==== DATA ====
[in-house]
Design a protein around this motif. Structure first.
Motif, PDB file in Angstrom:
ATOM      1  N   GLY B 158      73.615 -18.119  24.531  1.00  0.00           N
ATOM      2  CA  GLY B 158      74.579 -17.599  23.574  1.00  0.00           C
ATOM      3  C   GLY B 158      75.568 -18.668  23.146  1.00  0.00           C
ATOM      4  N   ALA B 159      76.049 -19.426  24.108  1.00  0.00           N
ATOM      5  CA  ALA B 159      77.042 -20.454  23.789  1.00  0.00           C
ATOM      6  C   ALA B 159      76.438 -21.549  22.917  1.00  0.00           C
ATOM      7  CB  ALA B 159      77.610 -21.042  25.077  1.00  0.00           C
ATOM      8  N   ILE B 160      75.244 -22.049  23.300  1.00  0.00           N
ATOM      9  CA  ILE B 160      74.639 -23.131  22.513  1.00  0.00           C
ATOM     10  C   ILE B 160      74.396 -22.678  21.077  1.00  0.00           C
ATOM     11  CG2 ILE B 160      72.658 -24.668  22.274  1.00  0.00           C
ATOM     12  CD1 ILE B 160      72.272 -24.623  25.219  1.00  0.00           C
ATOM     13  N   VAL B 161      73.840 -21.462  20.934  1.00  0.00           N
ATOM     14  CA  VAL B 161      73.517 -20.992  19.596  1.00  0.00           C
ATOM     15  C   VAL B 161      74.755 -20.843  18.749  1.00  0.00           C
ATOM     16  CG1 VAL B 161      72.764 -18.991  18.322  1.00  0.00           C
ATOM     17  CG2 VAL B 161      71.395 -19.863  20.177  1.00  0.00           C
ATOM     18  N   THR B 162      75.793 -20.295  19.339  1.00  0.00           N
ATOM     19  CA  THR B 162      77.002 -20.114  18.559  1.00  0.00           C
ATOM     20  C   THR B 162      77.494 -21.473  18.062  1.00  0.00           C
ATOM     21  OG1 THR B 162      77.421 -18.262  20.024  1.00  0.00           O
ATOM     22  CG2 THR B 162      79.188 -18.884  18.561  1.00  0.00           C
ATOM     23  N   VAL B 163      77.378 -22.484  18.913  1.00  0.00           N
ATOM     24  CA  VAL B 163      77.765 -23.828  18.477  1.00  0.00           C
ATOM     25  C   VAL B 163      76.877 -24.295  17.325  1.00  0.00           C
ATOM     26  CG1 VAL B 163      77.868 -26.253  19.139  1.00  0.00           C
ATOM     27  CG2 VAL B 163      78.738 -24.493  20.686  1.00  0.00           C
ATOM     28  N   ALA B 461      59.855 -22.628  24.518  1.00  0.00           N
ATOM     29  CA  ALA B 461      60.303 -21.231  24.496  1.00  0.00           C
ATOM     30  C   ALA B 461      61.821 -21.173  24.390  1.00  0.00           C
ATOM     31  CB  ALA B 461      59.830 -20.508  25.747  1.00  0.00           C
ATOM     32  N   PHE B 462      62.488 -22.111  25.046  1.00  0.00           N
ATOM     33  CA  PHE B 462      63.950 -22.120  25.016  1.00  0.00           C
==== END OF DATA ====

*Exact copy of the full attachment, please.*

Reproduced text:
[in-house]
Design a protein around this motif. Structure first.
Motif, PDB file in Angstrom:
ATOM      1  N   GLY B 158      73.615 -18.119  24.531  1.00  0.00           N
ATOM      2  CA  GLY B 158      74.579 -17.599  23.574  1.00  0.00           C
ATOM      3  C   GLY B 158      75.568 -18.668  23.146  1.00  0.00           C
ATOM      4  N   ALA B 159      76.049 -19.426  24.108  1.00  0.00           N
ATOM      5  CA  ALA B 159      77.042 -20.454  23.789  1.00  0.00           C
ATOM      6  C   ALA B 159      76.438 -21.549  22.917  1.00  0.00           C
ATOM      7  CB  ALA B 159      77.610 -21.042  25.077  1.00  0.00           C
ATOM      8  N   ILE B 160      75.244 -22.049  23.300  1.00  0.00           N
ATOM      9  CA  ILE B 160      74.639 -23.131  22.513  1.00  0.00           C
ATOM     10  C   ILE B 160      74.396 -22.678  21.077  1.00  0.00           C
ATOM     11  CG2 ILE B 160      72.658 -24.668  22.274  1.00  0.00           C
ATOM     12  CD1 ILE B 160      72.272 -24.623  25.219  1.00  0.00           C
ATOM     13  N   VAL B 161      73.840 -21.462  20.934  1.00  0.00           N
ATOM     14  CA  VAL B 161      73.517 -20.992  19.596  1.00  0.00           C
ATOM     15  C   VAL B 161      74.755 -20.843  18.749  1.00  0.00           C
ATOM     16  CG1 VAL B 161      72.764 -18.991  18.322  1.00  0.00           C
ATOM     17  CG2 VAL B 161      71.395 -19.863  20.177  1.00  0.00           C
ATOM     18  N   THR B 162      75.793 -20.295  19.339  1.00  0.00           N
ATOM     19  CA  THR B 162      77.002 -20.114  18.559  1.00  0.00           C
ATOM     20  C   THR B 162      77.494 -21.473  18.062  1.00  0.00           C
ATOM     21  OG1 THR B 162      77.421 -18.262  20.024  1.00  0.00           O
ATOM     22  CG2 THR B 162      79.188 -18.884  18.561  1.00  0.00           C
ATOM     23  N   VAL B 163      77.378 -22.484  18.913  1.00  0.00           N
ATOM     24  CA  VAL B 163      77.765 -23.828  18.477  1.00  0.00           C
ATOM     25  C   VAL B 163      76.877 -24.295  17.325  1.00  0.00           C
ATOM     26  CG1 VAL B 163      77.868 -26.253  19.139  1.00  0.00           C
ATOM     27  CG2 VAL B 163      78.738 -24.493  20.686  1.00  0.00           C
ATOM     28  N   ALA B 461      59.855 -22.628  24.518  1.00  0.00           N
ATOM     29  CA  ALA B 461      60.303 -21.231  24.496  1.00  0.00           C
ATOM     30  C   ALA B 461      61.821 -21.173  24.390  1.00  0.00           C
ATOM     31  CB  ALA B 461      59.830 -20.508  25.747  1.00  0.00           C
ATOM     32  N   PHE B 462      62.488 -22.111  25.046  1.00  0.00           N
ATOM     33  CA  PHE B 462      63.950 -22.120  25.016  1.00  0.00           C